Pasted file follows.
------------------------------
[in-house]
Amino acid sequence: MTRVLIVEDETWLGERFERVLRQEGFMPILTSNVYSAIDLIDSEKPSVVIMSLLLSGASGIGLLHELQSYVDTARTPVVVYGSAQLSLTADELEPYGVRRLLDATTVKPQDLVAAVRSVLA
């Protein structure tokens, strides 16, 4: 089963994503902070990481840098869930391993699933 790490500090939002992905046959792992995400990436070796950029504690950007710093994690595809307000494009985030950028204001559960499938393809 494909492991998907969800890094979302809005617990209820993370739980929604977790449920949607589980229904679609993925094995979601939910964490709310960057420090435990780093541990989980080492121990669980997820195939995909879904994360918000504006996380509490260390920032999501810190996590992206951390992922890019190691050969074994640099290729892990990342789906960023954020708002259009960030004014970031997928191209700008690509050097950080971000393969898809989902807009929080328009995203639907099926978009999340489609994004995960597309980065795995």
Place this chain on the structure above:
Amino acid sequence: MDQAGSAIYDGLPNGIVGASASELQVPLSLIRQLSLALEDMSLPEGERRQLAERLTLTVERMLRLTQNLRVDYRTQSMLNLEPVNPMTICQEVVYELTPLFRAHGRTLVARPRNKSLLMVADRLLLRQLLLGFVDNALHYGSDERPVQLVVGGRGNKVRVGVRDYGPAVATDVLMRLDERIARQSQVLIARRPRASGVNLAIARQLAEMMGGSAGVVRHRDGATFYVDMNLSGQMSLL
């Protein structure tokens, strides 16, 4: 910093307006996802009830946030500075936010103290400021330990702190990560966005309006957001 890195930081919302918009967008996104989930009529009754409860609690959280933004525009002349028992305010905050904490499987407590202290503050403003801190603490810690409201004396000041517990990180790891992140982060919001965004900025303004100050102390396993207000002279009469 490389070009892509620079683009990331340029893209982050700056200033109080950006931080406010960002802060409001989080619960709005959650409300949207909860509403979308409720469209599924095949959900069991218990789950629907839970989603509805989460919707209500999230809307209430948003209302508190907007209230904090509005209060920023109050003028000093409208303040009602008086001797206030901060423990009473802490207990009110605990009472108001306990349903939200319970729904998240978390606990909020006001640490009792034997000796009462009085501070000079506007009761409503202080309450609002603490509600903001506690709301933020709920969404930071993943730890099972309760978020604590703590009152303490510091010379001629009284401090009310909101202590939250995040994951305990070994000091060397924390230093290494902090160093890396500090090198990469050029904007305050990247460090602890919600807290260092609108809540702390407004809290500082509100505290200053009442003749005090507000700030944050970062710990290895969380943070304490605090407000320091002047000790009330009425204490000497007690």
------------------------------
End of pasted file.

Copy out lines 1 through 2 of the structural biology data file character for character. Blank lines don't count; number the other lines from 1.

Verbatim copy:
[in-house]
Amino acid sequence: MTRVLIVEDETWLGERFERVLRQEGFMPILTSNVYSAIDLIDSEKPSVVIMSLLLSGASGIGLLHELQSYVDTARTPVVVYGSAQLSLTADELEPYGVRRLLDATTVKPQDLVAAVRSVLA